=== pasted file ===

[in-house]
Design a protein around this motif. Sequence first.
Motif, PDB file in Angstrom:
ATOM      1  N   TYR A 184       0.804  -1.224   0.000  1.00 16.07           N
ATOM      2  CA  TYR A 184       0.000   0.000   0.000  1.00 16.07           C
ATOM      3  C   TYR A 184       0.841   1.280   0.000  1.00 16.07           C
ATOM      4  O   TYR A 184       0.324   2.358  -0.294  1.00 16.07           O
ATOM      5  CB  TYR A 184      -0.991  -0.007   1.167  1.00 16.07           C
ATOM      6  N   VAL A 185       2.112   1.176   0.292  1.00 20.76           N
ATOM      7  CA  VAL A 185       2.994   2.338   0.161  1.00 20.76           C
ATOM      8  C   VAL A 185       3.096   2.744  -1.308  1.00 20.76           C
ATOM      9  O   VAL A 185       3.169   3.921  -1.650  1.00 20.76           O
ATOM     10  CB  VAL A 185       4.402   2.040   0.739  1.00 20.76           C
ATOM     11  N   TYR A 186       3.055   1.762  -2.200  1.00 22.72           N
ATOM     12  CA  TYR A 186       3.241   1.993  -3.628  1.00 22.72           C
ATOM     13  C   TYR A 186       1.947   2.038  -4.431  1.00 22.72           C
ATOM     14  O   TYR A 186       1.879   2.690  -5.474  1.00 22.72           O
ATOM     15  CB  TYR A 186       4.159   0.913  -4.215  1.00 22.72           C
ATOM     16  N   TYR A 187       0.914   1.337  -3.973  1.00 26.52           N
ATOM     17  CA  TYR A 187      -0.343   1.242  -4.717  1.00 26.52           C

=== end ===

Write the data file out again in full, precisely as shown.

[in-house]
Design a protein around this motif. Sequence first.
Motif, PDB file in Angstrom:
ATOM      1  N   TYR A 184       0.804  -1.224   0.000  1.00 16.07           N
ATOM      2  CA  TYR A 184       0.000   0.000   0.000  1.00 16.07           C
ATOM      3  C   TYR A 184       0.841   1.280   0.000  1.00 16.07           C
ATOM      4  O   TYR A 184       0.324   2.358  -0.294  1.00 16.07           O
ATOM      5  CB  TYR A 184      -0.991  -0.007   1.167  1.00 16.07           C
ATOM      6  N   VAL A 185       2.112   1.176   0.292  1.00 20.76           N
ATOM      7  CA  VAL A 185       2.994   2.338   0.161  1.00 20.76           C
ATOM      8  C   VAL A 185       3.096   2.744  -1.308  1.00 20.76           C
ATOM      9  O   VAL A 185       3.169   3.921  -1.650  1.00 20.76           O
ATOM     10  CB  VAL A 185       4.402   2.040   0.739  1.00 20.76           C
ATOM     11  N   TYR A 186       3.055   1.762  -2.200  1.00 22.72           N
ATOM     12  CA  TYR A 186       3.241   1.993  -3.628  1.00 22.72           C
ATOM     13  C   TYR A 186       1.947   2.038  -4.431  1.00 22.72           C
ATOM     14  O   TYR A 186       1.879   2.690  -5.474  1.00 22.72           O
ATOM     15  CB  TYR A 186       4.159   0.913  -4.215  1.00 22.72           C
ATOM     16  N   TYR A 187       0.914   1.337  -3.973  1.00 26.52           N
ATOM     17  CA  TYR A 187      -0.343   1.242  -4.717  1.00 26.52           C